You can find full notes and details on all the wines from Two Shepherds here.

In the meantime--Keep your dial tuned here for a flurry of new posts coming in, including all the wild wine action from #WBC12 and a full report on the Wonders of Carlton, Oregon! You don’t want to miss that. Also coming up--a peek into the deep heart of Texas wine at Messina-Hof winery.

Sunday, August 19, 2012

TOP TEN Reasons You Should Go to WBC13 in Okanagan

#10 The Fruit is Really Big
The fruit in Penticton is really big – and big fruit means good grapes. Peaches, Cherries, Apricots, Apples--it’s all growing in Okanagan.

#9 - The Food
Restaurants like Vanilla Pod at Poplar Grove Winery, Hillside Estates Winery Bistro, Lake Breeze Winery and the Hooded Merganzer are all run by innovative chefs that work in a supporting role with the bounty of the region, coaxing out the flavors of a dish with finesse and imagination not overpowering them.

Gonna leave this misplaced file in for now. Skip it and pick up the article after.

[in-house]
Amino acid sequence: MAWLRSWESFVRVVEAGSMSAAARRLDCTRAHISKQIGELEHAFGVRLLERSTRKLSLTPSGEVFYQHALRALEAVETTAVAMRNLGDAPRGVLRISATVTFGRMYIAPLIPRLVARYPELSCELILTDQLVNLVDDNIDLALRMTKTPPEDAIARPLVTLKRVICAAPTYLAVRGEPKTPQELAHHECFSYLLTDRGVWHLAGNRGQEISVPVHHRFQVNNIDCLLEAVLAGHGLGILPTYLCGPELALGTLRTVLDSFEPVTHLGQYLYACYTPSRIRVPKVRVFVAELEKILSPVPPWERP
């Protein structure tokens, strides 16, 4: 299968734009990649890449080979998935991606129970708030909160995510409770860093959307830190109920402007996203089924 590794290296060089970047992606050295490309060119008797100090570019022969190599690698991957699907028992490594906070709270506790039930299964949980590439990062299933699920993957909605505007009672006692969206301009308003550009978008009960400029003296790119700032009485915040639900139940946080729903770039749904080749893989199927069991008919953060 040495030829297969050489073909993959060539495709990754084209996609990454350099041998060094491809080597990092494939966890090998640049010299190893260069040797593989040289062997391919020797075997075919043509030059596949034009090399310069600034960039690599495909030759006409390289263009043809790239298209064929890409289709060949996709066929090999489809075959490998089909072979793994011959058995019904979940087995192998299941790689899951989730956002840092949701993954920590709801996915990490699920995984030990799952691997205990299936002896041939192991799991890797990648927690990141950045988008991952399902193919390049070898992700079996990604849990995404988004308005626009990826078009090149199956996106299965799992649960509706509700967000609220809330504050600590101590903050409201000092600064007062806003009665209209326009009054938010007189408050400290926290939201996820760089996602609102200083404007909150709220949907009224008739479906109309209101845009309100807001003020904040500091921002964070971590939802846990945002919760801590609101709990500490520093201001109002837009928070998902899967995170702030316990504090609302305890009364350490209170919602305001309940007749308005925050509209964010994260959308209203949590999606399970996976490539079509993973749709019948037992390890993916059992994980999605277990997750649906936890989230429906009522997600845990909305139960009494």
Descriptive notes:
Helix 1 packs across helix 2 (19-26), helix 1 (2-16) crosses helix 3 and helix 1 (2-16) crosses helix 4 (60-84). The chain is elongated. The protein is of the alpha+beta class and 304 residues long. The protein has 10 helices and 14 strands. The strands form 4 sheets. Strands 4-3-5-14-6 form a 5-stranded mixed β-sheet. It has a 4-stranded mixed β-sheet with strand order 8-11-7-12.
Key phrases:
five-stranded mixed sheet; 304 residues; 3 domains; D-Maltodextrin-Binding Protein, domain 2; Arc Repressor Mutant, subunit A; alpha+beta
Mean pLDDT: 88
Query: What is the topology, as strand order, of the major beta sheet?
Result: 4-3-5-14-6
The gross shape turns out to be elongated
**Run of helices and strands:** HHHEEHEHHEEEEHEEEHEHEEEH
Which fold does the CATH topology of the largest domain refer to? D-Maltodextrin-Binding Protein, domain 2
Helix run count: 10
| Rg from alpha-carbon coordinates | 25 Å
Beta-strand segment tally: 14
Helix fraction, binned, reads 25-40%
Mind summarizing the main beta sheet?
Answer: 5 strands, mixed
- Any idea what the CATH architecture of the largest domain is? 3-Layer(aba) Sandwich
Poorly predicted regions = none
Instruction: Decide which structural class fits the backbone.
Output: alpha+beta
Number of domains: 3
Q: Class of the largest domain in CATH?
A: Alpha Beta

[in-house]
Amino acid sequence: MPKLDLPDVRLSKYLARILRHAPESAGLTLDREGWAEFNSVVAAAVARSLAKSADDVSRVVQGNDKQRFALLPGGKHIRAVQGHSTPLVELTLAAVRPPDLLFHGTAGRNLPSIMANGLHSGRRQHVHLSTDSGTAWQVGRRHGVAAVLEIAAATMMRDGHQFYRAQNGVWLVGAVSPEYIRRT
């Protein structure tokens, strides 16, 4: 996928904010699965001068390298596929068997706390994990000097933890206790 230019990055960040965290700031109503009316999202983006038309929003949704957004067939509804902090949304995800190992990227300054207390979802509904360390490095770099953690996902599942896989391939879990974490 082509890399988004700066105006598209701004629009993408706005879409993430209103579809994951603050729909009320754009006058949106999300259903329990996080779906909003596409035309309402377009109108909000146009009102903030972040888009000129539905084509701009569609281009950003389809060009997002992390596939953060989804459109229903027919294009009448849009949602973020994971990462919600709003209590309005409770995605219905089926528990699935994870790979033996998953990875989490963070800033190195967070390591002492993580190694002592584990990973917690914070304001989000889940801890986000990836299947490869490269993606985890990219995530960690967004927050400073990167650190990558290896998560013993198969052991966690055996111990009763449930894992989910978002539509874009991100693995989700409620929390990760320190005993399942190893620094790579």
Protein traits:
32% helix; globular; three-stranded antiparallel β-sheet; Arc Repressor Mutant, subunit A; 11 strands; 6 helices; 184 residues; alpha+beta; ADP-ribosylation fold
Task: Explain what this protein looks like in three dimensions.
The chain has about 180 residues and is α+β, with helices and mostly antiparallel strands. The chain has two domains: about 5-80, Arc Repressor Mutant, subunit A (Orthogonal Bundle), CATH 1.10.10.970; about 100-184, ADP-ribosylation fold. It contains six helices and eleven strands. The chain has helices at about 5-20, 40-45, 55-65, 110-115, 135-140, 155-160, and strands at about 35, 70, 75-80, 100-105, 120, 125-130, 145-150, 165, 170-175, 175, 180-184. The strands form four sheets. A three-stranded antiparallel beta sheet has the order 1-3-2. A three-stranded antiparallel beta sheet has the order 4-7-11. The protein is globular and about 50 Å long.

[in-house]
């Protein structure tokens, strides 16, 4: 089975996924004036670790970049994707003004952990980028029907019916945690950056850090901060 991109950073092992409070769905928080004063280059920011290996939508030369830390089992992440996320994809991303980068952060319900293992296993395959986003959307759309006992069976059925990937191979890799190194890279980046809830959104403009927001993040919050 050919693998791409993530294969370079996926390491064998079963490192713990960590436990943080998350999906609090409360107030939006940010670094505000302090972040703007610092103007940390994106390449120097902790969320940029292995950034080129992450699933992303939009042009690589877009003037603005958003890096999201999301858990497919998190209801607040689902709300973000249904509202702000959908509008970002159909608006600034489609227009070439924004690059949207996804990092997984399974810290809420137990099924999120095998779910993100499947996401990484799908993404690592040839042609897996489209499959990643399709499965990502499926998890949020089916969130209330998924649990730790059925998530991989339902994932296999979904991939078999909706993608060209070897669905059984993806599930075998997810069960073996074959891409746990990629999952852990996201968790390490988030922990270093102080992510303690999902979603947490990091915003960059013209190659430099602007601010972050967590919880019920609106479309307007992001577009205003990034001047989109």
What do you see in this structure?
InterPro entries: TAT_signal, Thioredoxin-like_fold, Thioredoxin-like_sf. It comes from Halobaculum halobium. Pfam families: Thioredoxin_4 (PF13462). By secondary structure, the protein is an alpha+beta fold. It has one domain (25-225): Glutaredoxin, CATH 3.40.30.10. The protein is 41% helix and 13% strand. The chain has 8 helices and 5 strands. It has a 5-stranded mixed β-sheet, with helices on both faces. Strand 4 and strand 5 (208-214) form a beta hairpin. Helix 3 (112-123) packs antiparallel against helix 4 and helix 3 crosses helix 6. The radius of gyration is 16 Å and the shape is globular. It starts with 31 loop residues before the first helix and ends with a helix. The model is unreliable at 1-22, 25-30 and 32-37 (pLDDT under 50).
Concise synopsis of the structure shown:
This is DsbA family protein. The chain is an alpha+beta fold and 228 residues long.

#8--Sparkling and White Wines-- 
The Whites and Sparkling wines in the Okanagan are crisp, refreshing, and full of fruit and acidity. Standouts for me were the Blue Mountain Sparkling Brut non vintage made of Pinot Noir, Chardonnay and Pinot Gris --a tart dry delight. Also wonderful was the creamy Sauvignon Blanc, the bright Pinot Gris and-- I can’t really believe I’m saying this -- my favorite their amazing Chardonnay-- soft and supple with great acidity and balanced fruit. More about these wines in my next post. Other top picks the Gewurtztraminer from Kettle Valley, Pinot Gris from Lake Breeze, and the Viognier from Laughing Stock.